Newly re-elected Kentucky Democratic Gov. Andy Beshear showed compassion for trans-identifying children while also reflecting on failed efforts to attack him for vetoing a sweeping bill restricting transgender rights and limiting transgender visibility.
Earlier this month, Beshear was re-elected over Republican Attorney General Daniel Cameron by a five-point margin, defying his home state’s heavy Republican lean even as social conservatives viciously attacked him over his support for abortion rights and LGBTQ rights.
Speaking to MSNBC correspondent Jen Psaki last week about how he was able to carve a path to victory despite the odds against him, Beshear explained why he believes Republicans’ almost singular focus on social issues was a failed strategy.
Psaki shifted from abortion to transgender rights, mentioning Beshear’s veto and the numerous ads that were run against Beshear for having attempted to block the bill, which eventually became law — despite an ongoing legal challenge — when Republican lawmakers overrode his veto.
“All children are children of God. That’s what my faith teaches me,” Beshear said in a clip captured by the Midwestern news outlet Heartland Signal. “And I was going to stand up especially for the most marginalized children who didn’t deserve either a state legislature or an entire campaign and all these super PACS picking on them.”
Beshear said that transgender minors are more likely to suffer mental health issues and are more at risk of suicidal ideation.
“We ought to be in the suicide prevention business and not further harming kids who are going through too much,” he said, adding that he did “the right thing” by vetoing the anti-trans omnibus bill.
Throughout the campaign, conservatives frequently emphasized Beshear’s veto of the bill, which not only banned access to gender-affirming care for minors and penalized doctors, but imposed restrictions on pronoun usage and restroom access by transgender individuals, required teachers to “out” transgender students to their parents, and barred instruction on human sexuality — even in sex education classes — in schools.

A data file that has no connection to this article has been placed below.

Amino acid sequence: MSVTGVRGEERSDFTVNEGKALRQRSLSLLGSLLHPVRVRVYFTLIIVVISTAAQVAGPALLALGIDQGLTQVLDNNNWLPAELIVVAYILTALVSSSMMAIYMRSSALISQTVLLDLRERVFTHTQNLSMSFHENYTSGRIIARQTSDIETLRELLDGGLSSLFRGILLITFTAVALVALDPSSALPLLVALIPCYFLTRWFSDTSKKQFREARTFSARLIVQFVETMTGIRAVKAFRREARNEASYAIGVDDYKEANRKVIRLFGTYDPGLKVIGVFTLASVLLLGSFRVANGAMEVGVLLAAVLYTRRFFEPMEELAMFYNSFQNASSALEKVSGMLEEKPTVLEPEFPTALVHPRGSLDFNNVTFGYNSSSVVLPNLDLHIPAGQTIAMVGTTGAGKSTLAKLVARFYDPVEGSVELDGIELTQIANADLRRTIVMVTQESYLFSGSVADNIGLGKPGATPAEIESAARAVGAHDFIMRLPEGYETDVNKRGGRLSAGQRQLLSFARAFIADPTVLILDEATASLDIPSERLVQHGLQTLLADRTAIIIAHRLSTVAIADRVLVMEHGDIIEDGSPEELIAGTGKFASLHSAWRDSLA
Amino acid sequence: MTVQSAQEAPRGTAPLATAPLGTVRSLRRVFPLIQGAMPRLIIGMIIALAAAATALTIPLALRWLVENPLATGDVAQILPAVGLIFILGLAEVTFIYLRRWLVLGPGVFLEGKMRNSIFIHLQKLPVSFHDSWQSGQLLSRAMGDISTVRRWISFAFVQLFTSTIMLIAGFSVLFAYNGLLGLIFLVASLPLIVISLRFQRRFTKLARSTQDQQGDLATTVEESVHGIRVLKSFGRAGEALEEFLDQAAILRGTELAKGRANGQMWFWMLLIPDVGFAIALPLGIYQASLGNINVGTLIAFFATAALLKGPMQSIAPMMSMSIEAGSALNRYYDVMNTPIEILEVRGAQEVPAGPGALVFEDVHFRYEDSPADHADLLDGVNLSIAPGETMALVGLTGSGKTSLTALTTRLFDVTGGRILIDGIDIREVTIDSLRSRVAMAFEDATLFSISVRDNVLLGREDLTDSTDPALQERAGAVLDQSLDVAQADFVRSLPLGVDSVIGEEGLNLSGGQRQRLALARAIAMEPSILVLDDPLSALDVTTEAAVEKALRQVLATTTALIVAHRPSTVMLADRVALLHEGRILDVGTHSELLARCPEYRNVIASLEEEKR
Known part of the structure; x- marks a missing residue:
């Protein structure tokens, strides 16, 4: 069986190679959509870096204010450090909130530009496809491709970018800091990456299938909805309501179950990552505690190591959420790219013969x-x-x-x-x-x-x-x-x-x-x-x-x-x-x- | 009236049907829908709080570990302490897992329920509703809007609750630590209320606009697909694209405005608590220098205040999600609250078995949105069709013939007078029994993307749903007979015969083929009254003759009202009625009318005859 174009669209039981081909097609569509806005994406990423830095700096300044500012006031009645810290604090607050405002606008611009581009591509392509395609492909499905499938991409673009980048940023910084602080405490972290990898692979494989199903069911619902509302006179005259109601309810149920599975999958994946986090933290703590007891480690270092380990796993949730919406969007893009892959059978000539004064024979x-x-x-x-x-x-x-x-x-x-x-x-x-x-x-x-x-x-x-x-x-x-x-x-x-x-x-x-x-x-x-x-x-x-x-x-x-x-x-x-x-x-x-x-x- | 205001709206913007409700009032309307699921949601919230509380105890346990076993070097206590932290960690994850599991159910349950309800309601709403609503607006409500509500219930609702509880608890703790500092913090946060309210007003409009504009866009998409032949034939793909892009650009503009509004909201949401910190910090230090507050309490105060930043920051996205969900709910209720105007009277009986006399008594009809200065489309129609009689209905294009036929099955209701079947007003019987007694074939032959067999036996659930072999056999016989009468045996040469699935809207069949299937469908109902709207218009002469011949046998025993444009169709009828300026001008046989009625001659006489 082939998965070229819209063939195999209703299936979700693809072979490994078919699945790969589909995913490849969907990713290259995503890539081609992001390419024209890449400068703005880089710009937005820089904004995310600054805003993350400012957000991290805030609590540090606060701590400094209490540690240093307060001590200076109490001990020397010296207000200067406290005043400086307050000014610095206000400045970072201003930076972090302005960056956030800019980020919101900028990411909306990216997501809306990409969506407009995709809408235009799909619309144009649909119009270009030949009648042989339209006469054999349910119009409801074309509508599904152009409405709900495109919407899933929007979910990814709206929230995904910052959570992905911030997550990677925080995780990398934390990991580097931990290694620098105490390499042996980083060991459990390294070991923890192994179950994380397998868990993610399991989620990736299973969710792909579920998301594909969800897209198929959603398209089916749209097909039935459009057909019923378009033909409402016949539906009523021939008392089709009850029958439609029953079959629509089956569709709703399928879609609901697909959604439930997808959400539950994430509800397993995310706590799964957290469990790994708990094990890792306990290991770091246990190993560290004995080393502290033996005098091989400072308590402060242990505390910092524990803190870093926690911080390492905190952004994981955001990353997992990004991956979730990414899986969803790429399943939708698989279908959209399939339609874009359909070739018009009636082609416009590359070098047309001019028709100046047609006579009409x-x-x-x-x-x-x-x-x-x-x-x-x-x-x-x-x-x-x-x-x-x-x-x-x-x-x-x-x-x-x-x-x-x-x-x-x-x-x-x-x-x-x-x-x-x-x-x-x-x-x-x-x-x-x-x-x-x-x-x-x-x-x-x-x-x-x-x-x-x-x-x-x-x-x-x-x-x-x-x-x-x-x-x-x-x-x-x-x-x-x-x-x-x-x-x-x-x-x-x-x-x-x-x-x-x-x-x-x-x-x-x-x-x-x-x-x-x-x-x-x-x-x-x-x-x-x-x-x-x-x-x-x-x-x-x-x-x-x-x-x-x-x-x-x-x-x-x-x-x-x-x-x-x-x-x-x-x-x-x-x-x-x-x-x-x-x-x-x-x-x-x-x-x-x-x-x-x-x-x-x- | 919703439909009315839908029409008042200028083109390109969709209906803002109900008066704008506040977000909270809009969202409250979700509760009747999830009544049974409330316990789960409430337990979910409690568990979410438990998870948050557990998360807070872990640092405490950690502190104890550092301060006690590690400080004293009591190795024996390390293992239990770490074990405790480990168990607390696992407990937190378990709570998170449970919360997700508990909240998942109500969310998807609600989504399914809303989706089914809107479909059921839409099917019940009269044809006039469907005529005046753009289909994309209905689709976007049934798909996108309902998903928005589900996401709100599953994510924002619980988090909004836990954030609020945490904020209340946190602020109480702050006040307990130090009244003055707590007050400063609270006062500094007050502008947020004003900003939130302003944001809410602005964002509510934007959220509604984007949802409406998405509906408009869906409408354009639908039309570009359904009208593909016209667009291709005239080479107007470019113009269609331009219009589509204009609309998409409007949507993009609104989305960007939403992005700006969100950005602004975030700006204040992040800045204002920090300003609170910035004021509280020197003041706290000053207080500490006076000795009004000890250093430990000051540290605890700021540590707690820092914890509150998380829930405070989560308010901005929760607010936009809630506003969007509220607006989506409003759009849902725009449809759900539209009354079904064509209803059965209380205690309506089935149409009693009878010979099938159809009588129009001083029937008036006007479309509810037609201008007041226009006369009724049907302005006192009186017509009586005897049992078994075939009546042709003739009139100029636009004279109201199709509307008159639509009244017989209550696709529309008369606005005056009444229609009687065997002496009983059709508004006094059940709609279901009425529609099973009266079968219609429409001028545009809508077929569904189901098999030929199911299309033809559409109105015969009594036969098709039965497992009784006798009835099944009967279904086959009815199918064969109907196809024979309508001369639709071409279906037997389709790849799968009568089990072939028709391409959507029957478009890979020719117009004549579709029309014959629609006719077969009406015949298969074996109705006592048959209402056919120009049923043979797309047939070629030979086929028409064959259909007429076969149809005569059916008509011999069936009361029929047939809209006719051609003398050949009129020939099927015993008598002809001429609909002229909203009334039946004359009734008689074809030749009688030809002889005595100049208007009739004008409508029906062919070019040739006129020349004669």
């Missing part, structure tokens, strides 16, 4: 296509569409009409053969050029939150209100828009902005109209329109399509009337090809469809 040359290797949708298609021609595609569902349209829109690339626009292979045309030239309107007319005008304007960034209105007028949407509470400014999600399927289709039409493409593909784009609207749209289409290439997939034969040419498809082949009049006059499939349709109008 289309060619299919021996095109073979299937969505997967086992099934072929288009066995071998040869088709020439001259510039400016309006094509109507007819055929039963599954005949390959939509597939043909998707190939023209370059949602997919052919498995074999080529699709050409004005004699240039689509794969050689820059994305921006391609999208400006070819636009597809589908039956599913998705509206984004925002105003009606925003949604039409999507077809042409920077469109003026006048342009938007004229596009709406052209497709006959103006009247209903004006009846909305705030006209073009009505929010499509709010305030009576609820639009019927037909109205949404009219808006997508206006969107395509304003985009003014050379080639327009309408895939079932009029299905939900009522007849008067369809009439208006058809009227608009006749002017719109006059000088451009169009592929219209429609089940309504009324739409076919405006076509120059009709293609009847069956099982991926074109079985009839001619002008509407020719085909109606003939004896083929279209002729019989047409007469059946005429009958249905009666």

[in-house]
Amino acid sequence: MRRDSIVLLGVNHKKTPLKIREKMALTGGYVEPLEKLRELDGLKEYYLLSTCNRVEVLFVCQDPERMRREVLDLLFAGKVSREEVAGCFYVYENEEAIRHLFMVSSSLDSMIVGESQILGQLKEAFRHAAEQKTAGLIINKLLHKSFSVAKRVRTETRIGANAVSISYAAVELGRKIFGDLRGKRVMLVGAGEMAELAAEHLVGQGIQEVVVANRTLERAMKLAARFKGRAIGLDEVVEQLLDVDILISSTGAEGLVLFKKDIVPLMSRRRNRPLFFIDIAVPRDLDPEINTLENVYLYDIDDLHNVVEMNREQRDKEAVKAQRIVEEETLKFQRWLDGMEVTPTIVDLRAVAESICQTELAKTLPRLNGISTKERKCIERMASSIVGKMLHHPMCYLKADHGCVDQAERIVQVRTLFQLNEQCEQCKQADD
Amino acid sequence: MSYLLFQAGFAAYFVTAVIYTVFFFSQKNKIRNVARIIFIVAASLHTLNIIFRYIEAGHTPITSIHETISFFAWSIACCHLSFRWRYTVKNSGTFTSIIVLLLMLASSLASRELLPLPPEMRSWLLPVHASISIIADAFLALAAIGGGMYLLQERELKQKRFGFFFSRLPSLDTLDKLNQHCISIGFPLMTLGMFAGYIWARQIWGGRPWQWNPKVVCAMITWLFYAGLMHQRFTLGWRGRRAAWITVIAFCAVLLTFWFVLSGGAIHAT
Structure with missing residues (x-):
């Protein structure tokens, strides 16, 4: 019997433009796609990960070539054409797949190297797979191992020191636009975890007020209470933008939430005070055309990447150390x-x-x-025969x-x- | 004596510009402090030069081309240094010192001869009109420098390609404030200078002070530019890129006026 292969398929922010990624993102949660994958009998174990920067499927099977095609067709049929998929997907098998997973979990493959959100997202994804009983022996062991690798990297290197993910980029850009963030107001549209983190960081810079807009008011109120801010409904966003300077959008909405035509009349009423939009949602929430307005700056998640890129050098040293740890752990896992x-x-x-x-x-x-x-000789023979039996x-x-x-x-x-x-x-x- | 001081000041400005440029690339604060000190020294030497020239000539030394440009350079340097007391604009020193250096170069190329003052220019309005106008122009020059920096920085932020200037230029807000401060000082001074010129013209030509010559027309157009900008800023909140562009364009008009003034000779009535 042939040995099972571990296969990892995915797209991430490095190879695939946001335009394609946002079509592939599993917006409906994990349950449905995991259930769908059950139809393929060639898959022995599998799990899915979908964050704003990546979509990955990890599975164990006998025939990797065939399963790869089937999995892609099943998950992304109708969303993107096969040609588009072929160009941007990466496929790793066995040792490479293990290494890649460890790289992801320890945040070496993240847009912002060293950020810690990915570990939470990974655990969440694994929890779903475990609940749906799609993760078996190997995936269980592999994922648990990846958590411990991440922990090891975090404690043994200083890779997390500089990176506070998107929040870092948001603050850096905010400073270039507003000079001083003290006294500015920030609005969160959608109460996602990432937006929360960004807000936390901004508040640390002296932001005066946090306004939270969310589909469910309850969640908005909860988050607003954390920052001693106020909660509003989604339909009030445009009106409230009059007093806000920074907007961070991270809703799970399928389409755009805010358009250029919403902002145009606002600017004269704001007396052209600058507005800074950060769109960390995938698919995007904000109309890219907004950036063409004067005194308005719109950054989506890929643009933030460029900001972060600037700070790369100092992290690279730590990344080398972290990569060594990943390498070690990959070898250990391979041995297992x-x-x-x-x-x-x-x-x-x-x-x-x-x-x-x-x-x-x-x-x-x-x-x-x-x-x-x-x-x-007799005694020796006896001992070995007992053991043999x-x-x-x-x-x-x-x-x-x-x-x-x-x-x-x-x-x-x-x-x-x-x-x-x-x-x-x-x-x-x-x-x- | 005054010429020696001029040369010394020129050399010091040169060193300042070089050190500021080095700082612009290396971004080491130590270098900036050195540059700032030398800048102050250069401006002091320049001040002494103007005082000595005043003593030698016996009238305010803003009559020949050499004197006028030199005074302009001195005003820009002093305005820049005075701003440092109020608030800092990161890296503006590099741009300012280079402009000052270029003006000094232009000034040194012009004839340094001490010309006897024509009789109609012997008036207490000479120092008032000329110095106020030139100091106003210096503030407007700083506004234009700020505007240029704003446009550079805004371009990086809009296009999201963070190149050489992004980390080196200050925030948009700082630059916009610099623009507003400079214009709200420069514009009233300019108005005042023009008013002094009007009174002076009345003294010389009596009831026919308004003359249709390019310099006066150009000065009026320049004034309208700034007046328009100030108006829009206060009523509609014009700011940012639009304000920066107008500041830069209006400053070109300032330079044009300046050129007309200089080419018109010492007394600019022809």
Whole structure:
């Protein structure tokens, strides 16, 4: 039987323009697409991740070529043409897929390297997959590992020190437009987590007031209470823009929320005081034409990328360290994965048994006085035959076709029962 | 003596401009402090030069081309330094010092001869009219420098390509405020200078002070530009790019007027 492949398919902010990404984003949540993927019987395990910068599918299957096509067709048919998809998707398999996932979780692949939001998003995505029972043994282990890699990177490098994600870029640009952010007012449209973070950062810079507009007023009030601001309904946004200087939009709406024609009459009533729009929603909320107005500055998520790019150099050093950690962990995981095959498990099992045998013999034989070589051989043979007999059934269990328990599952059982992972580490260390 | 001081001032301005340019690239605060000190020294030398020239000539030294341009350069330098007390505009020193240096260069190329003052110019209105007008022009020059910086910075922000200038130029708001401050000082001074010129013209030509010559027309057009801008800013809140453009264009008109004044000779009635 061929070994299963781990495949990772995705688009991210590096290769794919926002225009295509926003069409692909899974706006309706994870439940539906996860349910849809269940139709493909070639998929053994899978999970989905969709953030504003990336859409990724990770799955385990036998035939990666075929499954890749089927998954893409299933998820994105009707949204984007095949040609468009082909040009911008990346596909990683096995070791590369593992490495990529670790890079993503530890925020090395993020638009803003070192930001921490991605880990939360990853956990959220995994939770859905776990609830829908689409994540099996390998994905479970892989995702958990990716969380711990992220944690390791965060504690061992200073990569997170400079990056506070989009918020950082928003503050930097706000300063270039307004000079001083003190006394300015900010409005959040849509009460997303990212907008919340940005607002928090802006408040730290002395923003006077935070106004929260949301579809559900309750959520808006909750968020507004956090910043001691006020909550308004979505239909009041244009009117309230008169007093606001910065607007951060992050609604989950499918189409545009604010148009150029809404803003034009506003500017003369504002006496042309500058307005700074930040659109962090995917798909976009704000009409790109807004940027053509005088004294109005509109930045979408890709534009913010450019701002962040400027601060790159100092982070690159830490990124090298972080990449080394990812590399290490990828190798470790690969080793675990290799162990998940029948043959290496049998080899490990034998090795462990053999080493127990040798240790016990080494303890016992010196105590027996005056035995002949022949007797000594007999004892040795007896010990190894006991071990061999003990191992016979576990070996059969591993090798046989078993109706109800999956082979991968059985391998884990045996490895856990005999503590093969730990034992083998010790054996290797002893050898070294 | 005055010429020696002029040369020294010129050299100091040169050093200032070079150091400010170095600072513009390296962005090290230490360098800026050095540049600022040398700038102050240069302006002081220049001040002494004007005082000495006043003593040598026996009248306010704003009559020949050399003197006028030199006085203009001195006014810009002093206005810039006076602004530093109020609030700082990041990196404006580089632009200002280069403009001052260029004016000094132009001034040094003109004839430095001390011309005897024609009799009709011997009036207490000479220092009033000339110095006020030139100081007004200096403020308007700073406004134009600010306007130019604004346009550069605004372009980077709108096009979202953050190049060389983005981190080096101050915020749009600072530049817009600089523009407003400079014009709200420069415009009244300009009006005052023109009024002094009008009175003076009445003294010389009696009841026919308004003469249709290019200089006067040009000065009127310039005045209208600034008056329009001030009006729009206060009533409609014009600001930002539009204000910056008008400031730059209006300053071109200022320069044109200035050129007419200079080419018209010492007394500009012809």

Cameron’s campaign and Republican-aligned groups frequently pointed out that Beshear was largely supportive of transgender rights and sought to gin up opposition to his re-election bid based on those stances.
The right-wing American Principles Project PAC even aired an outrageous ad asserting that Democrats, including Beshear, would coerce the FBI into abducting transgender-identifying youth to remove them from their parents’ custody.
Another ad showed a drag queen reading a storybook to children and accused Beshear of supporting “child sex changes with permanent consequences.” That ad was removed from YouTube for violating the platform’s restrictions on “hate speech,” but was later restored after conservatives contested the removal.
Beshear insisted that the ad misrepresented his position on the issue, noting that he opposes surgical interventions on minors, but does not support an across-the-board all gender-affirming treatments that don’t take individuals’ needs into account.
Other ads featuring former University of Kentucky swimmer and anti-transgender activist Riley Gaines sought to elevate Cameron as a “real man” while attacking Beshear for vetoing a bill last year that sought to ban transgender athletes from competing in female-designated sports and athletic activities. Republicans also overrode that veto.
The ads appeared to be gaining traction in the months leading up to the election, helping Cameron close a once-double-digit polling advantage in Beshear’s favor.
The Democratic governor — who won by a much wider margin than his first election four years ago — deemed the ads part of a losing strategy that emphasized hot-button social issues to the exclusion of other, more pressing concerns.
Beshear also condemned the tone of the attack ads.
“The way these Super PACS and my opponent went about their campaign was just mean, and it was gross, and it was cruel,” he told Psaki. “And people don’t like that. That is not who we are, and this ought to be a message that you can’t scapegoat people just to get folks angry, and it’s wrong.”
He accused anti-trans super PACs of seeking to “dehumanize” fellow Kentuckians to exploit anger or fear over transgender youths’ existence to win elections.
“This can’t be right and left — some things have to be basic right and wrong,” Beshear said. “There’s gotta be limits. This can’t be a ruleless type of game because it’s so much more than a game — ask any of these kids.”
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